Associated Benefits: Reflection on the Young Associates Experience

Associated Benefits

Creative Engagement Partnership for Young People in Manchester
May 18, 2020
Staying Curious in a Crisis CPDL
May 28, 2020

Reflections on the Young Associates Experience

As the Cohort 2 of the Young Associates near the end of their time with Curious Minds, Lois and Amber sat down with Holly Ball, our Head of Careers and Employability, to reflect on their experience; what they had learnt over the last two years, which parts they enjoyed the most and what advice they would give to others looking to work with young people like them.
Holly: You’ve both done so much in the last two years with Curious Minds. Please can you share a couple of things each that have stood out for you and why

Amber: I have been to Liverpool to talk to people about my silver Arts Award. I also did a podcast recording with other Young Associates about what it was like to be a young person in Britain these days. I enjoyed doing the podcast as I got to meet new people and I like voicing my opinion and getting the message to people, about people with disabilities having a job.

Lois: For me, my favourite session was the presentation skills one with Scottish Rick, all I remember is ‘you’ve got to learn about the power of 3’ (delivered in her best Scottish accent). My highlight was working with Louise to mentor Liverpool LCEP’s Young Leaders; it felt like it was work experience. Young Associates felt like I was at school, in a good way, because I’m learning new stuff, but then doing the mentoring was the next level up and here’s my chance to put them new skills to good use.
Holly: We’ve started to talk about this a bit already, so can you say a bit more about what you have learnt from being a Young Associate?

Amber: Being a Programme Assistant for Cohort 3 made me more confident in helping other people. An important part of Young Associates is how to work with other people and communication, which is important when working with other people. I now have good communication skills like speaking clearly and good eye contact.

Lois: Something that I didn’t really expect to happen but I’m really happy it did anyway, which is I’ve learnt acceptance within myself as a disabled person. I think what’s really helped is me and Amber have really bonded because we are both disabled and we’ve both got autism; having someone else on the course who’s got the same disability as me was really validating. Amber has inspired me a ton with how she really accepts her autism and it doesn’t stop her doing anything; and I thought ‘I need to apply that to my life’ and don’t let my disability stop me from doing what I want.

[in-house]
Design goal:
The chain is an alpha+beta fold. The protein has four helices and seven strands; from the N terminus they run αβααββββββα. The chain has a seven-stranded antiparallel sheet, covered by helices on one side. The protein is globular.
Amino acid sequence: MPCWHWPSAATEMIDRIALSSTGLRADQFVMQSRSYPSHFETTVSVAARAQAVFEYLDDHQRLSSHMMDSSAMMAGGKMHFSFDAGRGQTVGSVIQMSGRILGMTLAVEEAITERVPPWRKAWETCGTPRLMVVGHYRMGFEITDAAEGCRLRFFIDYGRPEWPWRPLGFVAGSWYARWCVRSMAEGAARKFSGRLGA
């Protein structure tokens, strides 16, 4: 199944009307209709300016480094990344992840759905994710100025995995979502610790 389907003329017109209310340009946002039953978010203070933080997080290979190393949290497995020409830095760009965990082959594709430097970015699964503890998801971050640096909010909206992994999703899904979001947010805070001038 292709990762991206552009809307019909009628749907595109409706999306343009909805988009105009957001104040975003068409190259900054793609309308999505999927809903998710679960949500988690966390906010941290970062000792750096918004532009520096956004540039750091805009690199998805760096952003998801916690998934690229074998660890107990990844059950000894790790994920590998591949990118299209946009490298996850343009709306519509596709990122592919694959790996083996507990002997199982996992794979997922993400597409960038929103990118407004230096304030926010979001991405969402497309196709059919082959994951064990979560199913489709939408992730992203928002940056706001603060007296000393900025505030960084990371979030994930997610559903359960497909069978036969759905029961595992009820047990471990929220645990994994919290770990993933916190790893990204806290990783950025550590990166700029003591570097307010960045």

Holly: That’s amazing to hear the development, not just of professional skills, but also that personal development as well. What skills will you remember most from being a Young Associate and use in another job?

Amber: A skill I’ll remember is confidence, as my confidence has boosted since being a Young Associate. I thought I’d struggle doing the silver Arts Award on my own but I’ve been able to get through it on my own, which has given me a lot of confidence that I can achieve things independently when I put in the work, and do my best at the tasks I need to do.

Lois: To be honest I think my experience is very similar to Amber’s. I gained a lot of confidence in myself and I’ve noticed I’ve become a lot more assertive as well. I’ve actually got the ability and confidence to say ‘that’s not OK’ if I see something that’s not right and to stand up for what I believe in. And having that confidence that I can do anything really.
Holly: What advice would you give to someone wanting to employ a young person? What does the employer need to think about when recruiting?

Amber: Make sure you give people a fair chance, because they can do things and they have really good skills that they can offer to a job. Create opportunities where you can, because it’s something really special and really means a lot to young people.

Lois: I would just tell the employer to be mindful of accessibility requirements. If you’re hiring someone with a disability, then just ask them what do they need in place so they can succeed as much as anyone that doesn’t have a disability. It’s good to see in the interview because it shows that they care, so it needs to be from the very start and show that they really mean it.
Holly: Is there anything else you to say about Young Associates before we finish our chat?

Amber: I have really enjoyed Young Associates and will really miss; it has given me a lot of confidence as I’ve developed lots of skills I can use in my job. I really have enjoyed getting to know people and making new friends. I felt welcomed by the staff team, I felt really welcome and understood. The training sessions were inclusive and they supported me with my autism.

Lois: That pretty much echoes how I feel myself really. I feel accepted and Curious Minds has seen skills that I couldn’t see in myself, and that’s really helped me out and given me loads of confidence and be more assertive. I’m glad I’ve been able to make friends out of Young Associates as well.
Speaking to Amber and Lois about their experiences, it’s clear that the Young Associates programme not only supports young people to develop new knowledge and skills for the work-place, but increases their confidence and develops personal growth - enhancing their employability and their own awareness of the experience they can bring to a role.

Curious to know more about the Curious Minds Young Associates programme? Contact our Head of Careers and Employability, Holly Ball.

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